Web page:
If you do not have a Power of Attorney, and you lack capacity to make financial decisions, It may be necessary to petition the court for appointment of a conservator for you. This can be a lengthy and complicated court proceeding. The court costs may be significant. These proceedings may involve court appointed attorneys or investigators that do not know you and who may have little knowledge of your preferences. In all cases, ongoing court involvement will be required.
A Power of Attorney may also be used in a more limited fashion to meet certain needs. For example, a Power of Attorney may be used to handle your affairs if you are traveling for a lengthy period of time. A Power of Attorney is often used in connection with the sale of real estate if one or more of the parties to the transaction is unavailable. Powers of Attorney are highly adaptable to a range of needs.
Power of Attorney FAQ’s Click below for commonly asked questions.
How do I execute a Power of Attorney?
There is no required format for a Power of Attorney but the law sets forth certain minimum requires such as the need to identify an Attorney‐in‐Fact. Powers of Attorney are typically notarized documents. Execution of a Power of Attorney conveys a great deal of authority to another individual. There is always some risk associated with the delegation of power. Accordingly, it is best to have a personalized Power of Attorney prepared for you.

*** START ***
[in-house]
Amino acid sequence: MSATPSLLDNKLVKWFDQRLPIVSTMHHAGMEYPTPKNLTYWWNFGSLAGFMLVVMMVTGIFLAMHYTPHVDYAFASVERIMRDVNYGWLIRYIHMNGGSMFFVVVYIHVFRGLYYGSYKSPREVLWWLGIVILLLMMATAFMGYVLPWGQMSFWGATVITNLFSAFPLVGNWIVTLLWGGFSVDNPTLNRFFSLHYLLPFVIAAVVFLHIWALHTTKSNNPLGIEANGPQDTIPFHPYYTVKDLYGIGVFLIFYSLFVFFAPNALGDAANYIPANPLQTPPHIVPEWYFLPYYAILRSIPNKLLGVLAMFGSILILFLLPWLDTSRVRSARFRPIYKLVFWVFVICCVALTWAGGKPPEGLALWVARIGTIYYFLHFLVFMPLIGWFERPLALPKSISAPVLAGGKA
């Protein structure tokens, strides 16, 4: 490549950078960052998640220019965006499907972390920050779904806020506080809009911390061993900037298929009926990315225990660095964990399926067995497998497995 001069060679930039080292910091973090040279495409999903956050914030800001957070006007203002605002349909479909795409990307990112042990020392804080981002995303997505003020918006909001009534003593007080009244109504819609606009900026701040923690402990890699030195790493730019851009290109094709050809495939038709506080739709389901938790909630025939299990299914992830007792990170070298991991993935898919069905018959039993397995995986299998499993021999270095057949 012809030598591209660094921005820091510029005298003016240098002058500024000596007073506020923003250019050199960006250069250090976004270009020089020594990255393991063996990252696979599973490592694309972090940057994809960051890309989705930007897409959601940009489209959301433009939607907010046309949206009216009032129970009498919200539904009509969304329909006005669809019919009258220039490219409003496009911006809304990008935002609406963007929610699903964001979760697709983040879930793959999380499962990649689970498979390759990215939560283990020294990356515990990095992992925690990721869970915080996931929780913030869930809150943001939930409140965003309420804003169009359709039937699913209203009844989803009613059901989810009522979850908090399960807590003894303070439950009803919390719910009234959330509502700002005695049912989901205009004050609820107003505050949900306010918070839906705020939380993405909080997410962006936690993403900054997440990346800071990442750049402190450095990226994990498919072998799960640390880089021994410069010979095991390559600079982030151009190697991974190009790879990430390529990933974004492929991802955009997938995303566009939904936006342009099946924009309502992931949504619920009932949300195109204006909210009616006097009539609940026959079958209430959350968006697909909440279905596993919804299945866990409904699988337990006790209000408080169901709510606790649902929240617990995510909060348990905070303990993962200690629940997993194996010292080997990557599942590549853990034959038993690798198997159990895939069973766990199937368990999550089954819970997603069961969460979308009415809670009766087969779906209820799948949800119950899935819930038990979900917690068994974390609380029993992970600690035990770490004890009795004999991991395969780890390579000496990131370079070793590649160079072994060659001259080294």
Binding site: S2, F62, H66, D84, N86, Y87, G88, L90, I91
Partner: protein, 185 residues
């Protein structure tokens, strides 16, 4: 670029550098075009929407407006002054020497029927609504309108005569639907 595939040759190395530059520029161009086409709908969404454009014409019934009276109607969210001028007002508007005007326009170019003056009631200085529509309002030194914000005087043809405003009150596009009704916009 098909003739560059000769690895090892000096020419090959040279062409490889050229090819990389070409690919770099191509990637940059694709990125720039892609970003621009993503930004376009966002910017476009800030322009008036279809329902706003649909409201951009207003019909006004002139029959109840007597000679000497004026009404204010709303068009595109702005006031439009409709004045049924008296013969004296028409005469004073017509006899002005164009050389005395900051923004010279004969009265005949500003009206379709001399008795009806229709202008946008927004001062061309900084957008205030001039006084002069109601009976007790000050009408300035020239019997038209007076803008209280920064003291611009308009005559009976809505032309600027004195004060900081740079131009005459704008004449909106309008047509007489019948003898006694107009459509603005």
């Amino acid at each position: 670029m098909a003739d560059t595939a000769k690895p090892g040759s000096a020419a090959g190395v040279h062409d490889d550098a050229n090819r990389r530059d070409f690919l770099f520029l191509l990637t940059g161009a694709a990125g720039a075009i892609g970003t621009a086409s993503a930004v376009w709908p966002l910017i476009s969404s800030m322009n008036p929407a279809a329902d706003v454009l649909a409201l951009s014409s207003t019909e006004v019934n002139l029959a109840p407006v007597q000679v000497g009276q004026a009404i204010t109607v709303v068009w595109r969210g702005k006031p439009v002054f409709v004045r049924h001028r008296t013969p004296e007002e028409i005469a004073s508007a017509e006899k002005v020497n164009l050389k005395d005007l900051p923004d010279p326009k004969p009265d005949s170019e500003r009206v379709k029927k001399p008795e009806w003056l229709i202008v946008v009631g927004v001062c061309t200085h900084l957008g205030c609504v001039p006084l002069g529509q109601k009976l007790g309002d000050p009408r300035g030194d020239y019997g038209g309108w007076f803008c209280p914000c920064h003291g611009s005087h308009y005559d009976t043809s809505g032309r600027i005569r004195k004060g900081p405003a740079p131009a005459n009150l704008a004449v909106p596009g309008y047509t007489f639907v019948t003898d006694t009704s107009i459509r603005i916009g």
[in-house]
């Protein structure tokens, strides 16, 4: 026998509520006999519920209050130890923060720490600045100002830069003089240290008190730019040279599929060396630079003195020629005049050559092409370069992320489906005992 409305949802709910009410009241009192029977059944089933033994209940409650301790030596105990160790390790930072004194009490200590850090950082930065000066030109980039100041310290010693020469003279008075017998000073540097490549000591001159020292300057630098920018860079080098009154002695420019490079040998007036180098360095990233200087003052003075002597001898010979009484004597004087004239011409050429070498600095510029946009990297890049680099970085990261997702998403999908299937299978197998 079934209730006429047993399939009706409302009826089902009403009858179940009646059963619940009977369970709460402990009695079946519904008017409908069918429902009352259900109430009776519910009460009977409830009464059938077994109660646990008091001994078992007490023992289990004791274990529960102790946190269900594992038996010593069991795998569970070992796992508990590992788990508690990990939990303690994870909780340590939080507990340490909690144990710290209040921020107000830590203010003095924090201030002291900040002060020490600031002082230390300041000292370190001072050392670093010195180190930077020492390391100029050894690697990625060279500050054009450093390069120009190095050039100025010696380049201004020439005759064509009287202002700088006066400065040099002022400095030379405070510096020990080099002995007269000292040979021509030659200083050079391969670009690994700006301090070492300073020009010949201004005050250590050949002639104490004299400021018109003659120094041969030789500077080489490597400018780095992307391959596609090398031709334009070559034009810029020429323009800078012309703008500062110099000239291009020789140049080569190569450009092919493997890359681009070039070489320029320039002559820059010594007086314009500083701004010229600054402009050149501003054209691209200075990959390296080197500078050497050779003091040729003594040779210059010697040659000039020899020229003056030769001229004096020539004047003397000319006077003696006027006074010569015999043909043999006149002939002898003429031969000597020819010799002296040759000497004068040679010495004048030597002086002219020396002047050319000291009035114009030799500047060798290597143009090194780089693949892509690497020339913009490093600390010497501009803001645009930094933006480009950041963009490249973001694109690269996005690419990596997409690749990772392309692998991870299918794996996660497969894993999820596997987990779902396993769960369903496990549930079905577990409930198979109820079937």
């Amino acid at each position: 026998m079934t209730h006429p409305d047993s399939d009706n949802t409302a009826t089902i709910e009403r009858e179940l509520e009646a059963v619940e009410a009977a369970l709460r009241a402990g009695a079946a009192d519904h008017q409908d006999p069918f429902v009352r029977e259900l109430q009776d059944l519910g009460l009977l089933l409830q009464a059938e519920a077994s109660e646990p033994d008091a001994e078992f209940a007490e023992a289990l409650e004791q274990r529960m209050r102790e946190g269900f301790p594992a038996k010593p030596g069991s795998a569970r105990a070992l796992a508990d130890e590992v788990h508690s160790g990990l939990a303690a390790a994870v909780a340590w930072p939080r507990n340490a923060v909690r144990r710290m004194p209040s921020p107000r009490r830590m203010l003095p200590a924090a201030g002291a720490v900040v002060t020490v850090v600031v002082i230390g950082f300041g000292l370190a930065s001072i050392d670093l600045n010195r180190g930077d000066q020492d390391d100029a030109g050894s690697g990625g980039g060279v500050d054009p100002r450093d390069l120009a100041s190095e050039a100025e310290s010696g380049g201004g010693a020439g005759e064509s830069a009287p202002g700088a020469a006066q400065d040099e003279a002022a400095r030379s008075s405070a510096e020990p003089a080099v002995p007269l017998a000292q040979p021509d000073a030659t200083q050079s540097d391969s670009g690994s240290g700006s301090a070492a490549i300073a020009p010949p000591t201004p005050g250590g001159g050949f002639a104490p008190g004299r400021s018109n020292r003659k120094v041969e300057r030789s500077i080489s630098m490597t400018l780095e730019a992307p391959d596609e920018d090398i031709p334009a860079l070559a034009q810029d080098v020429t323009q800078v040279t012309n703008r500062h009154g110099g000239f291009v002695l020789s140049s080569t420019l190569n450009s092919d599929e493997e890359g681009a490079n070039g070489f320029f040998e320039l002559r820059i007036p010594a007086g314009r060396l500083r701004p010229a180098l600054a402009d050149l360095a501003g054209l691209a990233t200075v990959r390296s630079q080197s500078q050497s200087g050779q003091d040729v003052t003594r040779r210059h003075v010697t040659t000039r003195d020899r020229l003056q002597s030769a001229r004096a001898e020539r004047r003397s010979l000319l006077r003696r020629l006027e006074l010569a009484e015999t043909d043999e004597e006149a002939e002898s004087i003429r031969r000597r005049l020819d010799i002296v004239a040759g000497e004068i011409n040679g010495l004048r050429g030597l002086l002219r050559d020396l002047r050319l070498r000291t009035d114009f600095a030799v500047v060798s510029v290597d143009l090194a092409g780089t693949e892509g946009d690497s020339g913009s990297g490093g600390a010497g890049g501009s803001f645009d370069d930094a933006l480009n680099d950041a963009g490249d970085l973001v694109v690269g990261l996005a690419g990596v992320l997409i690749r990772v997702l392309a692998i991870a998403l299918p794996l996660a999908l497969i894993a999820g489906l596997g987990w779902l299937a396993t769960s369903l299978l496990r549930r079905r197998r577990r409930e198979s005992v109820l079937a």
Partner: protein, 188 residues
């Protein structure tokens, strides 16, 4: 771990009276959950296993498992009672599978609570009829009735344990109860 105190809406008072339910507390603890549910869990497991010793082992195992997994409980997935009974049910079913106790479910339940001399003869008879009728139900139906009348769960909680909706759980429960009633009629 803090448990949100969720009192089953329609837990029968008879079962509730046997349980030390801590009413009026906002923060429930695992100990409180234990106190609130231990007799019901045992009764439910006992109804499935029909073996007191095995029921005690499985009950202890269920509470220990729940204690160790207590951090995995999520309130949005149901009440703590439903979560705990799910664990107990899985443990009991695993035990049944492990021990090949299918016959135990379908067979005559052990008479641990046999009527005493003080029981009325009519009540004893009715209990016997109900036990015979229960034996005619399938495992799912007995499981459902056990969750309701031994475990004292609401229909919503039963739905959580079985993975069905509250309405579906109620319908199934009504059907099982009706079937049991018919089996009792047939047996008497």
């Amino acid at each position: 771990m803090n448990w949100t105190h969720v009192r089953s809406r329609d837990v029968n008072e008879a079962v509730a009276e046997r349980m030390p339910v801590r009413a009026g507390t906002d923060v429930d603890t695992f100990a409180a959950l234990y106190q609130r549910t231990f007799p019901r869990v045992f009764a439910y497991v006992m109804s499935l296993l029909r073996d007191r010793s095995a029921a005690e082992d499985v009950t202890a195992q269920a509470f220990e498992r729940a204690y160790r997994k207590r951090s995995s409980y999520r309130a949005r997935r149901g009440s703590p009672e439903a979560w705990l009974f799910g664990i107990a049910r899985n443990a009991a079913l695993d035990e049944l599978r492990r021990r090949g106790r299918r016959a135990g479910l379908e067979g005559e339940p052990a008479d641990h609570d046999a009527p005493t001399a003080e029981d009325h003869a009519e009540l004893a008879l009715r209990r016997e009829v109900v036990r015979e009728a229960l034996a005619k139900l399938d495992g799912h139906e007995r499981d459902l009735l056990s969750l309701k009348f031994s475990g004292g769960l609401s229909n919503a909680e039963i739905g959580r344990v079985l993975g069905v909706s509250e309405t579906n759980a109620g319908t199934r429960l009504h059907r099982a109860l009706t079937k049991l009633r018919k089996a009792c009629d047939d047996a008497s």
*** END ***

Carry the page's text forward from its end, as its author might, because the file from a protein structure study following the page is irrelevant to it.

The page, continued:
Who can I choose as my Power of Attorney?
You may choose any competent adult to act as your Attorney‐in‐Fact. Most people choose a family member or close friend. Some people choose a social worker or lawyer. Ideally it will be someone you trust who knows you well.
Can I have two Attorneys‐in‐Fact working together?
Yes, but it is not recommended. Two co‐agents acting together would need to make decisions together and would need to agree on all decisions. Third parties such as banks may require dual signatures on all documents. This can be cumbersome and time consuming.
Can I appoint an alternate Attorney‐in‐Fact?
Yes, but it is not a good practice to name both in the same document. Third parties such as banks may be reluctant to recognize the authority of alternate attorneys‐in‐fact out of concern that the authority still rests with the primary attorney‐in‐fact. We recommend a separate power‐of‐attorney for each proposed attorney‐in‐fact with protocols to control access to the documents as necessary to ensure their proper use.
How is a Power of Attorney activated?
Decision making authority will vest in your Attorney‐in‐Fact at the time and upon the conditions that you specify within the Power of Attorney Document. That decision should be customized to your needs.
Can I change my Power of Attorney?
Yes, you may change or revoke your Power of Attorney at any time that you retain legal capacity to understand your actions.
What happens if I do not have a Power of Attorney?
If you lose capacity to make financial decisions and you do not have a Power of Attorney, it is likely that a Petition for Appointment of a Conservator will be brought on your behalf in the appropriate court. The Court may appoint a lawyer to represent you and may appoint an independent investigator to report on the case. If necessary, the Court will appoint a conservator for you who may or may not be your first choice as your decision maker. The court appointed conservator’s authority will be limited. For instance, a conservator cannot sell real estate without court permission. The court will require ongoing court involvement including the annual filing of financial accounts.